SYDNEY HARBOUR TIGER MOTH FLY OVER OCTOBER 2014
I was able to witness the fly over of Sydney during the Sydney leg of the Great Tiger Moth Air Race. The vintage aircraft numbering around 40, flew from Luskintyre airfield near Maitland NSW and across to Newcastle, NSW a coastal city, down the scenic NSW coast to Sydney Harbour heads, turned into the harbour and proceeded to overfly the Opera House and Sydney Harbour Bridge at 1030am. They then continued out west and onto Camden Airport. It was a cloudy morning but being a typical Sydney, within a few hours it was cloudless and hot.
The large group of Tiger Moths then left Camden later in the day, tracking north to Hornsby, Gosford, Belmont and back to Luskintyre. Here is a map of the routes the race took – http://tigerairrace.com/the-race/where-can-i-see-the-race/
The vintage Tiger Moth is a legendary aircraft in Australia due to its military and civil history. Many owners have a deep affection for the aircraft type and regularly fly from Luskintyre and other locations around Australia. The first Tiger Moth appeared in Australia during 1936 on the civil register. The Tiger Moth formed part of the RAAF’s pilot training program during WW2 to help teach newly trained up pilots how to fly. Post war the type has grown into many civil uses including agricultural crop dusting and joyflights.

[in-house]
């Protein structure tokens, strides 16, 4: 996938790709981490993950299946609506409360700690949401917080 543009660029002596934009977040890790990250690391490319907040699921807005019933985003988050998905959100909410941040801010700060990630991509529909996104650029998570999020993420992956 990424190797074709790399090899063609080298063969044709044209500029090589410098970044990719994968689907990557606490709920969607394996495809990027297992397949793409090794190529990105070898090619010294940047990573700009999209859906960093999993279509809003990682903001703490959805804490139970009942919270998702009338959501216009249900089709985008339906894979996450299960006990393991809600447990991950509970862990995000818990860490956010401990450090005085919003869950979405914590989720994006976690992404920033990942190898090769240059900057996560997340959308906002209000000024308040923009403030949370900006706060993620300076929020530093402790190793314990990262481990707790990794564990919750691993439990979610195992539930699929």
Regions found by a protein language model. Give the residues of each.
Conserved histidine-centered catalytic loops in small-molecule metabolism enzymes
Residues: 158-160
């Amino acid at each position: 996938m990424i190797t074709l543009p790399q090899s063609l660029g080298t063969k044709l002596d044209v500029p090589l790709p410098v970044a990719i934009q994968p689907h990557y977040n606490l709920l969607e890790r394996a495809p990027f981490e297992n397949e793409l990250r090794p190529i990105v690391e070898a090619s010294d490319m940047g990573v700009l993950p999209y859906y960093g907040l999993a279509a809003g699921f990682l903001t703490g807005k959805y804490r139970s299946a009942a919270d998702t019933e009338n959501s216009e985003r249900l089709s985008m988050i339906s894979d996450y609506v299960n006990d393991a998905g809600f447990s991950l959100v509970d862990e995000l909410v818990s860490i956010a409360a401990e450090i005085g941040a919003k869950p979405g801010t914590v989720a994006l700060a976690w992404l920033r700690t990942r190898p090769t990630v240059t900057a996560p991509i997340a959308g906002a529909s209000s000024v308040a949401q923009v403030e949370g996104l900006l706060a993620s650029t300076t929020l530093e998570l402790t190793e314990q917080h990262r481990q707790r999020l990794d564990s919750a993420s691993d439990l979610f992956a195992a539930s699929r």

Recent issues in Australia saw Tiger Moths grounded for a while, after a crash sadly claim the life of 2 people. This crash resulted in a CASA directive for owners to fix the lateral tie rods wire rods, which help to hold/support the wing structure. CASA investigations suggested that an old style of rods failed under the stress of aerobatics.